Easy A is a surprisingly witty film that manages to exceed the expectations of its narrow genre—the teenage comedy. This is not just another hackneyed look at high school culture written by humorless adults who are still subconsciously haunted by their unpopular teenage years. Director Will Gluck seems to accept that while Easy A won’t be groundbreaking, it can play to its writing and acting strengths, specifically the impressive talent of Superbad’s Emma Stone, who effortlessly carries the film.

Stone plays Olive Penderghast, a precocious (yes, they always have to be precocious so they can use big words like “inexactitude” and thereby teach real teenagers that smart is cool), straight-A student whose inherent dorkiness makes her invisible to her peers and subtly jealous of her popular, well endowed best friend, Rhiannon (Hellcats’ Aly Michalka). Though she knows how to handle herself in a crowd, Olive is basically an introvert—the kind of girl who will lie about a Saturday night date with a college boy in order to get out of going camping with her sometimes overbearing best friend.

Once Monday rolls around and the latter gets curious about her straight-laced friend’s fictitious date, things get interesting. In a whimsical attempt to stop all the speculation and accusations thrown her way, Olive breaks down and admits it: she did it—she lost her “v-card” to the college dude. She then decides to embellish, dishing all the naughty details of her “first time,” not realizing that her righteous, God-fearing classmate Marianne (overplayed by Amanda Bynes) is eavesdropping on her confession.

In high school, word travels fast, especially if that word is “sex.” Olive abruptly finds herself in the middle of a school-wide scandal. She discovers that sex with one boy at the age of 17 turns a girl into a “whore,” despised by her gal pals and worshipped by the guys. Either way, the fabricated circumstances surrounding her promiscuity cause Olive to shed her invisible cloak. Suddenly everyone knows who she is and harbors very personal beliefs about her sexuality. In fact, if it hadn’t been for her newfound popularity, Olive might have forgotten she ever lied to her friend at all. As it is, she walks away from this event knowing just how much one can manipulate others’ perceptions.


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So when an old friend, Brandon (Cougar Town's charming Dan Byrd) comes to her with a problem—tormenters at school are making his life hell because he’s gay—Olive agrees to help Brandon set the record “straight” and stages a raucous sexual encounter between them at a crowded party behind closed doors. Afterward, as far as everyone knows, Brandon likes girls, and Olive is even more of a sure thing. The rumors encircling her intensify steadily. In response to ridicule that Olive deems unfair, she decides to give the people what they want. She takes a note from that week’s literature assignment, which just happens to be Nathaniel Hawthorne, and pins a red “A” to everything she wears at school. Instead of assuming that her ensemble is just another stellar marketing fad for the clothes company Aeropostale (a more likely conclusion in contemporary American high schools), the kids actually understand and take notice. Of course, so does her well-meaning English teacher, Mr. Griffith (Thomas Hayden Church) who can’t make heads or tales of Olive’s behavior, but does know that she’s the only one in the class who didn’t write her paper based on the Demi Moore movie version of The Scarlet Letter.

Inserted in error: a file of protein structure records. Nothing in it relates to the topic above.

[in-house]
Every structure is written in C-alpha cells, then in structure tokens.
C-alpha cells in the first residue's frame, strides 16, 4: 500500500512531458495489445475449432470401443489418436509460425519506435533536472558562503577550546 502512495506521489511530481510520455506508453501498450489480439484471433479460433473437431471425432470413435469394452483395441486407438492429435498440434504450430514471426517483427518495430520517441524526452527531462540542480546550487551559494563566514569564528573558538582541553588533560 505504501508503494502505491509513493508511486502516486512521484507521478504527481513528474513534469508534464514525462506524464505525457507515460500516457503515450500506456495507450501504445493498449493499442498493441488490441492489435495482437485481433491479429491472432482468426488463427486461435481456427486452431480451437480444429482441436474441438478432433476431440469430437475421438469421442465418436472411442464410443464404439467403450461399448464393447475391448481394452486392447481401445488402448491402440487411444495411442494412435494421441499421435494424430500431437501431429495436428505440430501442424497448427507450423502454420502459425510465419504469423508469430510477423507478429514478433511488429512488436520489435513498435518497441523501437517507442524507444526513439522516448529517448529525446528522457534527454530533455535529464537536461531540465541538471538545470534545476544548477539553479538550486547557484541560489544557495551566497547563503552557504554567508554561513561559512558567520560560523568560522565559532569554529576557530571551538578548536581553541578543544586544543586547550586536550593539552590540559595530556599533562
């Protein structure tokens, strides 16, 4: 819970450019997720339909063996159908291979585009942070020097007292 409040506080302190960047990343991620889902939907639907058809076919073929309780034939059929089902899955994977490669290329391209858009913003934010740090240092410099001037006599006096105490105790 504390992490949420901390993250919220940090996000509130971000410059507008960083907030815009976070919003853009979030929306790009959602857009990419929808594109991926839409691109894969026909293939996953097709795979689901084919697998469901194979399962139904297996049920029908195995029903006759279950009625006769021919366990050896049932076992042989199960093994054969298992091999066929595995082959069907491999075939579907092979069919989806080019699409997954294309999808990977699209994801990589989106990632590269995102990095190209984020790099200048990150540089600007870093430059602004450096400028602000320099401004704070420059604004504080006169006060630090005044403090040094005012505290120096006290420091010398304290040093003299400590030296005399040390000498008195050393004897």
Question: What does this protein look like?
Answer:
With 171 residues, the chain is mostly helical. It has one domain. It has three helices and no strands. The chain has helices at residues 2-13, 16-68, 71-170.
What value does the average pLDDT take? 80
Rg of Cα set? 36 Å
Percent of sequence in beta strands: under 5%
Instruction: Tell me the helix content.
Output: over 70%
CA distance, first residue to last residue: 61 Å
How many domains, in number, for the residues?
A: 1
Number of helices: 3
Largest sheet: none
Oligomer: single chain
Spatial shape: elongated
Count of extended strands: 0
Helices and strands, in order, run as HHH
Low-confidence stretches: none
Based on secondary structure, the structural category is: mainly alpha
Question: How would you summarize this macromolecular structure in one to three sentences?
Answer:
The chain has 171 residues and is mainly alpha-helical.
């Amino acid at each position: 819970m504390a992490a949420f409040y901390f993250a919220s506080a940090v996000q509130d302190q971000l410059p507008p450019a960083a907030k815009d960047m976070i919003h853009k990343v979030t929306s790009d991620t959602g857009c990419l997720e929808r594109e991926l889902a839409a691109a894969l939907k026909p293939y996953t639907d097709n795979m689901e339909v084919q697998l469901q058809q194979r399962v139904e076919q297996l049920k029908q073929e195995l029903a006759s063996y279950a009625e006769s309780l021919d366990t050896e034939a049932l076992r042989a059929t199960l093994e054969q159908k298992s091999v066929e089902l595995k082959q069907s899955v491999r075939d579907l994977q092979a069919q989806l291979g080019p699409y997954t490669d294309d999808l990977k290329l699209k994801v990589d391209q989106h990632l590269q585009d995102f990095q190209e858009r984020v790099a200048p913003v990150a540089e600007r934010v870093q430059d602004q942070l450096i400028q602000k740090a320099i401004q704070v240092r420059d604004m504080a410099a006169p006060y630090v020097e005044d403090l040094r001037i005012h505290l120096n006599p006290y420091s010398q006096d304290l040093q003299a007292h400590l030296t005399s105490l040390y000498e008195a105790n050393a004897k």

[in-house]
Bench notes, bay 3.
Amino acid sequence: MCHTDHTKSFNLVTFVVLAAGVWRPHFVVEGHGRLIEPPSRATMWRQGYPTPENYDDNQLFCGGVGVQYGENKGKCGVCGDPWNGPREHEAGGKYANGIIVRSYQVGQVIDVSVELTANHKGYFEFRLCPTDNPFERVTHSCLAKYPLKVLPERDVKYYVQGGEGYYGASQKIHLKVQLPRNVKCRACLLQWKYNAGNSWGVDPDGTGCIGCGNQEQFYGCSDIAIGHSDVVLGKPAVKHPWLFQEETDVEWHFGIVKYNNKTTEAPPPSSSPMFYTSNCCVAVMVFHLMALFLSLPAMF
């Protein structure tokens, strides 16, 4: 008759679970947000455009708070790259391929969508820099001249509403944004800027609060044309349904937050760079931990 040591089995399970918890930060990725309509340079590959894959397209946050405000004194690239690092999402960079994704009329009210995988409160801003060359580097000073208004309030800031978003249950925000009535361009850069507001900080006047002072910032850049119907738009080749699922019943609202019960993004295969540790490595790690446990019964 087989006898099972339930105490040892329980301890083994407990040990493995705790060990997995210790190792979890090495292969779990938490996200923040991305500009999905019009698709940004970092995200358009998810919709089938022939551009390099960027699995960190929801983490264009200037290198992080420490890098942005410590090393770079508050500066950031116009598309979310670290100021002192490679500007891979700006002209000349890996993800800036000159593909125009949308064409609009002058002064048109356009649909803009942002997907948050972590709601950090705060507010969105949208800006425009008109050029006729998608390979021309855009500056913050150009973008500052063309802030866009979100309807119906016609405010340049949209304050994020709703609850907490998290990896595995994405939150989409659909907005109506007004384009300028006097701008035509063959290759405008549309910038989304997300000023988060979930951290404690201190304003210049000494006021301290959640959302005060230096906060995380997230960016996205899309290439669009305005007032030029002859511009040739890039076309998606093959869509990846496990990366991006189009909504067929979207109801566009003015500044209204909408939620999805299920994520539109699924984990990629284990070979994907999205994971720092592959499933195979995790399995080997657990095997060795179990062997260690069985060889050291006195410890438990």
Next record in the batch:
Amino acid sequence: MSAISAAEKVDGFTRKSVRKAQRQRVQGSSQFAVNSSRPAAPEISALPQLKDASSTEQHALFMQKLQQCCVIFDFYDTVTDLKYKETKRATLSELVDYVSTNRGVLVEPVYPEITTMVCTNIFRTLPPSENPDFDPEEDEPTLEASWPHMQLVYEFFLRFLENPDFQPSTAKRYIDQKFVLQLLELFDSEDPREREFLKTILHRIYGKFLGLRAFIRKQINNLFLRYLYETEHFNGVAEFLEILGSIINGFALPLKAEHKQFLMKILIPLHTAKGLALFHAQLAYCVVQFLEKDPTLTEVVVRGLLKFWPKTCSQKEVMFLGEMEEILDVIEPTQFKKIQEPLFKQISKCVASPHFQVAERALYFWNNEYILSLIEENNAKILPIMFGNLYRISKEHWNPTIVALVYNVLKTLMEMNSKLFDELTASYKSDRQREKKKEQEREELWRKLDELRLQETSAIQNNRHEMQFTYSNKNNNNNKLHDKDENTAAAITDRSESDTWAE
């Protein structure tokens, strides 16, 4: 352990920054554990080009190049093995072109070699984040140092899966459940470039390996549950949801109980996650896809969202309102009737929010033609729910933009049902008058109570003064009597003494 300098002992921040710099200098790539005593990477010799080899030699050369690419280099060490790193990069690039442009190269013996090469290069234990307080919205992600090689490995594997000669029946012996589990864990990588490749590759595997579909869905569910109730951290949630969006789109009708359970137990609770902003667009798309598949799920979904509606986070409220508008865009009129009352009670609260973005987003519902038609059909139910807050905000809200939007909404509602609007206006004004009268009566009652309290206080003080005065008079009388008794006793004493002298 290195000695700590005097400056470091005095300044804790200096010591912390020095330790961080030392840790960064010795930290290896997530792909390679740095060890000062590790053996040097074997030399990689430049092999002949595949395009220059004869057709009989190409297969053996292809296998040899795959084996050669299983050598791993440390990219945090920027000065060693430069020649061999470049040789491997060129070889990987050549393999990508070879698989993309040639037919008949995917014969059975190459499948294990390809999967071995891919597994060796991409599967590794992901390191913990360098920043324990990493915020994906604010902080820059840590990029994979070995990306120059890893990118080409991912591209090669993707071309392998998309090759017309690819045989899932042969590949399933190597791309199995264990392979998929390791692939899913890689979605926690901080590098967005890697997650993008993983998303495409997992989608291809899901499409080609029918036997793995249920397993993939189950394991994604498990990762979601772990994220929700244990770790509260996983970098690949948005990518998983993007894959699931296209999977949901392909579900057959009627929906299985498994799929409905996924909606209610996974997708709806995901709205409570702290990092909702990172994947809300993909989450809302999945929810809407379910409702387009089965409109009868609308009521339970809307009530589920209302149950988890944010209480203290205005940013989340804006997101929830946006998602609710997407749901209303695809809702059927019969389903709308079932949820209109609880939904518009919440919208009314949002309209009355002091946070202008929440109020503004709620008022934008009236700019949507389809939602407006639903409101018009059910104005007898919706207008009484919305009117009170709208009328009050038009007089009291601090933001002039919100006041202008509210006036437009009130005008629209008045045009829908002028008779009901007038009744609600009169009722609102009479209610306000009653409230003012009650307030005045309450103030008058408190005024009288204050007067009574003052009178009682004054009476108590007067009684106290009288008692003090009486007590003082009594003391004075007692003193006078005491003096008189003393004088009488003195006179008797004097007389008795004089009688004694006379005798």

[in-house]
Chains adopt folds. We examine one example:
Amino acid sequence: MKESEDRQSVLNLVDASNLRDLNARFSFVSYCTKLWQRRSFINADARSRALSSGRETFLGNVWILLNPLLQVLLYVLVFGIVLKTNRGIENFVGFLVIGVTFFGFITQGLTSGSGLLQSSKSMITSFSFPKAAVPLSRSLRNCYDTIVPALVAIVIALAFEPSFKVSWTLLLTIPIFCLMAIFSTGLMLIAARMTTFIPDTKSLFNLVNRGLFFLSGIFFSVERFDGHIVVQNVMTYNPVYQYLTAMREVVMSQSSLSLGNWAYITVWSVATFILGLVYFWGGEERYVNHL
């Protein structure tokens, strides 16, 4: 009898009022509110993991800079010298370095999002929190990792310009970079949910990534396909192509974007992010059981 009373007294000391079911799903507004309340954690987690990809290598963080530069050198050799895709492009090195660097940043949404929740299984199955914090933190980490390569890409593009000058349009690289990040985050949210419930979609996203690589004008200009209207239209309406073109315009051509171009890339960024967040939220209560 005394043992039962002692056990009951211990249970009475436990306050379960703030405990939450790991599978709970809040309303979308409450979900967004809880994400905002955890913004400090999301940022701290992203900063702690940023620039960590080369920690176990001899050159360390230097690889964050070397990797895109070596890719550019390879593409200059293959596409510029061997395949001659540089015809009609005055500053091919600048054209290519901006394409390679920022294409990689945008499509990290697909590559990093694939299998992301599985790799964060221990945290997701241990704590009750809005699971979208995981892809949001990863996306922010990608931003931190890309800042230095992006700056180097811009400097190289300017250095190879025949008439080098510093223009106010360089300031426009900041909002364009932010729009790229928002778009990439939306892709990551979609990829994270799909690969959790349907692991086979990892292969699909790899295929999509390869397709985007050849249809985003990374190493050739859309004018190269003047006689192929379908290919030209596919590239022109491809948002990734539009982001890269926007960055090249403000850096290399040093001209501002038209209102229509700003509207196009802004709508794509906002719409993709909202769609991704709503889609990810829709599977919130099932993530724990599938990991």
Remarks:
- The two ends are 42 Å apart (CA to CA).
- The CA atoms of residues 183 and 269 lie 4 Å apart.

At this point Easy A introduces a couple of new subplots a little late (about an hour) into the movie, and proceeds to play catch-up from there. With one or two exceptions, however, the story is surprisingly seamless and the “a-ha” moments are genuine to life—not just flimsy plot devices. The lessons here are not so much about avoiding promiscuity as they are staying true to oneself, realizing that fame becomes degrading as quickly as infamy, and that the people who really care about you aren’t going to change their minds based on what others whisper behind your back. Yes, the morals in Easy A are pretty trite, but the movie is not. Even scenes that would normally be too damned cute to stomach are pulled off here—a rare phenomenon in a teenage high school comedy, and a true testament to the acting and writing of the film.

With the remarkably obnoxious exceptions of Bynes and Michalka, the supporting cast is basically solid, though Patricia Clarkson and Stanley Tucci stand out in their hilarious portrayals of Olive’s understanding and dismissive parents. They are clearly satirizing the cliche of the cool parent by taking it over the top, and every second of their interpretation is exquisite. These two elicit laughs both together and apart, and they have fantastic chemistry with Stone. Most of what makes Easy A so refreshing is that it gives a typical coming-of-age story an offbeat premise and does not entirely focus on finding true love, like so many other comedies about young people. Also, it’s just plain wittier than its sister stories, and it has something they don’t—the effervescent and intrepid Emma Stone.

Starring: Emma Stone, Penn Badgley, Amanda Bynes, Dan Byrd, Thomas Hayden Church, Patricia Clarkson, Lisa Kudrow, Stanley Tucci, Aly Michalka

Director: Will Gluck

Runtime: 92 minutes

Distributor: Screen Gems

Rating: PG-13

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